SALT LAKE CITY, Utah — Thousands of severely damaged or uprooted trees will be cut down and chucked into a landfill after Tuesday’s storm brought hurricane force winds to the Wasatch Front. However, some will serve a greater cause.
Salt Lake City leaders estimate at least 1,000 private trees and 1,000 additional city-owned trees were damaged.
Yet, because park trees are technically city property, Mayor Erin Mendenhall tells FOX 13 they can’t just be thrown away.
“Our urban forestry is getting creative and they are going to find ways to get some of these beautiful pieces of wood into the hands of woodworkers locally,” said Mendenhall.
After the Salt Lake City tornado in 1999, trees damaged around the State Capitol building were carved into the Governor’s ceremonial desk. A plaque inside a drawer emphasizes how good things can come from adversity.
That sentiment is echoed in tree limb donations to help indigenous people in San Juan County.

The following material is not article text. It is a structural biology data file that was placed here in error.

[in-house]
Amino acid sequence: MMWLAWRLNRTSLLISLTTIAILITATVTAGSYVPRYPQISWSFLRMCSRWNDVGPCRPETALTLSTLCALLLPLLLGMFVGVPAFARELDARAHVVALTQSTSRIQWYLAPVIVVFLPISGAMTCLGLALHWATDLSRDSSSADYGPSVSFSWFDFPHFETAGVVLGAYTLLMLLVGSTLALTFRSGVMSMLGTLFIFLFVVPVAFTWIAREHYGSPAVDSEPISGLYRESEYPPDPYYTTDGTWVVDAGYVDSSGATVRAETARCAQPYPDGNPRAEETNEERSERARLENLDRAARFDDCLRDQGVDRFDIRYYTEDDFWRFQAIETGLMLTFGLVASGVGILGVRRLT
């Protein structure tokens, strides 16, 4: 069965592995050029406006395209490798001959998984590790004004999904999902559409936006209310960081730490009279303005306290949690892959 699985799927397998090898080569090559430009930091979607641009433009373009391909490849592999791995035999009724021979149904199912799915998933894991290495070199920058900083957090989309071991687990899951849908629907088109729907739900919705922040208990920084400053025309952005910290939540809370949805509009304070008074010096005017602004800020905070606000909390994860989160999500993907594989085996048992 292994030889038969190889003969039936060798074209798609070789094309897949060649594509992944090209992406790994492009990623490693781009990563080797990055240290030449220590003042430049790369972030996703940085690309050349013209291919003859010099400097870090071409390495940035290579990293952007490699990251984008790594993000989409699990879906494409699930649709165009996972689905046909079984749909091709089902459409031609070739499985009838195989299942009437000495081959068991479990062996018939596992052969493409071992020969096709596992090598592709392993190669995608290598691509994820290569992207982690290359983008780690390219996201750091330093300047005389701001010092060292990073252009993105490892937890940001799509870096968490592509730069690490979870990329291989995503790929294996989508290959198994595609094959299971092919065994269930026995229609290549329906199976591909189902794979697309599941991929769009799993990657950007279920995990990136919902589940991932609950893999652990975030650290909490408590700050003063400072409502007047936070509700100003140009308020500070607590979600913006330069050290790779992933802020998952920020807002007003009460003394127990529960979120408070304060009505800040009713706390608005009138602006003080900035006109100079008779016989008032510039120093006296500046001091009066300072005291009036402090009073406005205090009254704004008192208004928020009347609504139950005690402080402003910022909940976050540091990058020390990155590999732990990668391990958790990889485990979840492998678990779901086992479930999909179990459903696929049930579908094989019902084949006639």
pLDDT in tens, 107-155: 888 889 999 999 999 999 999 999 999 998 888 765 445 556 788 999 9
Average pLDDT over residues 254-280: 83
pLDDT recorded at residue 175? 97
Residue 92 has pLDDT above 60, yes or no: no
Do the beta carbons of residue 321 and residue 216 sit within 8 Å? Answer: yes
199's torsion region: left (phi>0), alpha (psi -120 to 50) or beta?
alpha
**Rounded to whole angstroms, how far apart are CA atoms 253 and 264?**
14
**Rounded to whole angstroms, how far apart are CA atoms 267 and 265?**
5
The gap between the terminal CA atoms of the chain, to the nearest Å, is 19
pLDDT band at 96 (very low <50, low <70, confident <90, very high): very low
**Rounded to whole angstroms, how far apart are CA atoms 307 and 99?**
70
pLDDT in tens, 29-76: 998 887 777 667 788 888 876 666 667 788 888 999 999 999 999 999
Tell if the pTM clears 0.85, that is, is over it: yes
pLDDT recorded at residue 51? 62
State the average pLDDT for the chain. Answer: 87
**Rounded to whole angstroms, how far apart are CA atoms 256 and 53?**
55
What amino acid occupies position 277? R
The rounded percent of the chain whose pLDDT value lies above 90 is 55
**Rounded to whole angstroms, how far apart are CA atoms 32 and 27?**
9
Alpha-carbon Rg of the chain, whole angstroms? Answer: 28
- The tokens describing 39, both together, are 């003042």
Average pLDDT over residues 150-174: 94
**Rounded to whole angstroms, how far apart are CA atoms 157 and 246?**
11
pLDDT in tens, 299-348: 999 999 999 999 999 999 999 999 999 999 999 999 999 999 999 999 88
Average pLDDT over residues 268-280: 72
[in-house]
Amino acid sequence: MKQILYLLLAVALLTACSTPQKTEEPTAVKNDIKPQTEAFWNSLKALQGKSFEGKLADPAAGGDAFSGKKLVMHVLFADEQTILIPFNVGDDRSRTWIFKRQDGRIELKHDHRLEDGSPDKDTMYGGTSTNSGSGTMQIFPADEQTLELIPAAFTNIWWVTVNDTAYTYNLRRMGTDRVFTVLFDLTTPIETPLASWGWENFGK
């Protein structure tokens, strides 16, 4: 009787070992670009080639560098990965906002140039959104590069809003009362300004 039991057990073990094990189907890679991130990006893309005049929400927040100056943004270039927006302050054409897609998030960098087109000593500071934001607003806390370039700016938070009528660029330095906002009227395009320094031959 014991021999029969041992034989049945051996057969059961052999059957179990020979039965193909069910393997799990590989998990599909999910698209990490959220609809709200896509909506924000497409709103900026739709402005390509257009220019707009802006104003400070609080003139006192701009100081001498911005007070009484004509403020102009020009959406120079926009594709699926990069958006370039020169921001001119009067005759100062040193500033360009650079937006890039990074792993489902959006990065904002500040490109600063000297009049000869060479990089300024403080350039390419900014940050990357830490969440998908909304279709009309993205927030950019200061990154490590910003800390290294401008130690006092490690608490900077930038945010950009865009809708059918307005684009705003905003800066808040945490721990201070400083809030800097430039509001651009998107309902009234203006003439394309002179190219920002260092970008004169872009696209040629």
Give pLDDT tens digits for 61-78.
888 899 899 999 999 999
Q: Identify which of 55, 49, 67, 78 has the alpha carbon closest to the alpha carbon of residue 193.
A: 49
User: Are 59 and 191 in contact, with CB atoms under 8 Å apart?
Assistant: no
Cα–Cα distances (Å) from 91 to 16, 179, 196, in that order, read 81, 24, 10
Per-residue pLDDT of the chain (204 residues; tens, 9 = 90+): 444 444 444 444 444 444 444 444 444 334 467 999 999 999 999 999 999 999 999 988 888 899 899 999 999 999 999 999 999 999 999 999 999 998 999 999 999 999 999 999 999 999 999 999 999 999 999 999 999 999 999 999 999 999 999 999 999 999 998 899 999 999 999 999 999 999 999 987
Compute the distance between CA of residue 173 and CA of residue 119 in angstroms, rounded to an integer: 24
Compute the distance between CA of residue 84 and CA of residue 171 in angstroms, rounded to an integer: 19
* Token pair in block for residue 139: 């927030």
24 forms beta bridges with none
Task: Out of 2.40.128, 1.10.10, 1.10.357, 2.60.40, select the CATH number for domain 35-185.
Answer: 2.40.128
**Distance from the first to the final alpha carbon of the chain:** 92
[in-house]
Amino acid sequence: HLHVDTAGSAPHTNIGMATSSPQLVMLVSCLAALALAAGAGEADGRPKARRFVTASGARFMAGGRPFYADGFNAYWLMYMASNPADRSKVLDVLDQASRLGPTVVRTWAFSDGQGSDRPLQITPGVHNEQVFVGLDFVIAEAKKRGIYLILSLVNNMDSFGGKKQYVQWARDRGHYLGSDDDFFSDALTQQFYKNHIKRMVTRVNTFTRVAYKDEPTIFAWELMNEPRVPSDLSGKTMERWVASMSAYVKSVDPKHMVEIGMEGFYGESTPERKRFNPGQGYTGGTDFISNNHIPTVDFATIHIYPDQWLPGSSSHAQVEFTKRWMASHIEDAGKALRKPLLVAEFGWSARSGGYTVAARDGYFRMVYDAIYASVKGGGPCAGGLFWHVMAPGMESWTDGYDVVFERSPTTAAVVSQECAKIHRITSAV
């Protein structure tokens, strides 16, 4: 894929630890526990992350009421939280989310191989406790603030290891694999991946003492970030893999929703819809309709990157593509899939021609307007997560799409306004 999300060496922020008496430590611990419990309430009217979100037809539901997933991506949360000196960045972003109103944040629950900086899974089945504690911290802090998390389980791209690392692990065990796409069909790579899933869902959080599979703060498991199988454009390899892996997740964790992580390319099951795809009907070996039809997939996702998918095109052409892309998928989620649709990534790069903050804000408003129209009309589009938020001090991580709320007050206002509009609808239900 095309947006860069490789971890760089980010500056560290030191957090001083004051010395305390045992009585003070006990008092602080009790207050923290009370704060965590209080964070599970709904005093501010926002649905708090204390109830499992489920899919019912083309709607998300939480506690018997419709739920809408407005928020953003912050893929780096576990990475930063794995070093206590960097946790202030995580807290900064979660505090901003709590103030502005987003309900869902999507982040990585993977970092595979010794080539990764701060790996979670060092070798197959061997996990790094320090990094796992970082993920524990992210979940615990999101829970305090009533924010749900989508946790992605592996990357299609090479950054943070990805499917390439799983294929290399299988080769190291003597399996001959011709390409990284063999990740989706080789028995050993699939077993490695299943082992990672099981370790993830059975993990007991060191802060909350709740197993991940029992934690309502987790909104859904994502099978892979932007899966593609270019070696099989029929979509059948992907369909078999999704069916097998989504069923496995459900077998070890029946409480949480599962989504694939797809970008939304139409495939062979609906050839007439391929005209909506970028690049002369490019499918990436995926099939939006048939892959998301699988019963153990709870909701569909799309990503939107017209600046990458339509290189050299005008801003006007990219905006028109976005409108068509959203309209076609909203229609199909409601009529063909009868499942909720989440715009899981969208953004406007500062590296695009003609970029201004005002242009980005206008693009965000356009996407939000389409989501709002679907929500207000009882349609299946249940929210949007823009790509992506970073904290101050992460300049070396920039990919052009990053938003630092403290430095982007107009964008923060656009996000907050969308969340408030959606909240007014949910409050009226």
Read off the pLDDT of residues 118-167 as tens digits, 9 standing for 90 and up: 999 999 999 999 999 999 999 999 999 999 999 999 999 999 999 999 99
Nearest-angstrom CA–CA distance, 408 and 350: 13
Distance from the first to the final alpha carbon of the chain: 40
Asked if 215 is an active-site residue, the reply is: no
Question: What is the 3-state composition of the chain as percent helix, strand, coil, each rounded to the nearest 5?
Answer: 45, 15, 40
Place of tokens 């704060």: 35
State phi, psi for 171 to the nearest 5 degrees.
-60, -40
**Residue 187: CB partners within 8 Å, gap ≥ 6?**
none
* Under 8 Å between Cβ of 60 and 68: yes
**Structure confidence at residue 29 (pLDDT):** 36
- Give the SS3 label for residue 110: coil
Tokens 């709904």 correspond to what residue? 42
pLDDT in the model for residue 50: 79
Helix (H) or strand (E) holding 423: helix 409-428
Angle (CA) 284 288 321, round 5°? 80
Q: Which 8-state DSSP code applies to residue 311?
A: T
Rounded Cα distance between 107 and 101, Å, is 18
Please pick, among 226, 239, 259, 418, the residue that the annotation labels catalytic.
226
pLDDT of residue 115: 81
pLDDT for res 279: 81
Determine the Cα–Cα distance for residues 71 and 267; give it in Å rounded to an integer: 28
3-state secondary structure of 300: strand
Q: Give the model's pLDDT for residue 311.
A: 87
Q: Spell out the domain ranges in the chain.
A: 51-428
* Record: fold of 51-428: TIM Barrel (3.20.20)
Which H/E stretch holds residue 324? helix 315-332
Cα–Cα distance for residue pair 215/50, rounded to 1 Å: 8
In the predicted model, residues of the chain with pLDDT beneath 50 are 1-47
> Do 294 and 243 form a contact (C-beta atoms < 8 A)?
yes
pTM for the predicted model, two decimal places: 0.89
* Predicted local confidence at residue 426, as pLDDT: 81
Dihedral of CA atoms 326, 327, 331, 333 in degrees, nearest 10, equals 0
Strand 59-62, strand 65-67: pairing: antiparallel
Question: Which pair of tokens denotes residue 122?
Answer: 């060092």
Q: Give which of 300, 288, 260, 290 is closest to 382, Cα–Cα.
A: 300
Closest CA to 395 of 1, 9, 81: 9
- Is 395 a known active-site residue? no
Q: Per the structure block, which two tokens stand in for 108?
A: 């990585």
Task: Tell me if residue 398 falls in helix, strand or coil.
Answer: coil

“It kind of gives you a sense of how powerful community can be,” said Tron Johnson who donated damaged tree limbs to the Urban Indian Center.
The wood from downed trees on private property will be taken to southern Utah to warm elderly Native Americans who rely on firewood.
“Families have no electricity, some no running water and they heat their homes through the winter by firewood,” said organizer Donna Eldridge.
Firewood can be dropped off at Urban Indian Center, 120 W. 300 S., and Esther's Garden, 2425 E. Heritage Way (2760 S.) in Salt Lake City.
Drop off can happen on Saturday from 12:00 p.m. to 5:00 p.m. and Sunday-Thursday from 9:00 a.m. to 5:00 p.m.
At Liberty Park, eight-year-old Harrison knows what should happen to the historic trees he grew up beneath.
“I think they should be made into a playground for kids,” said Harrison.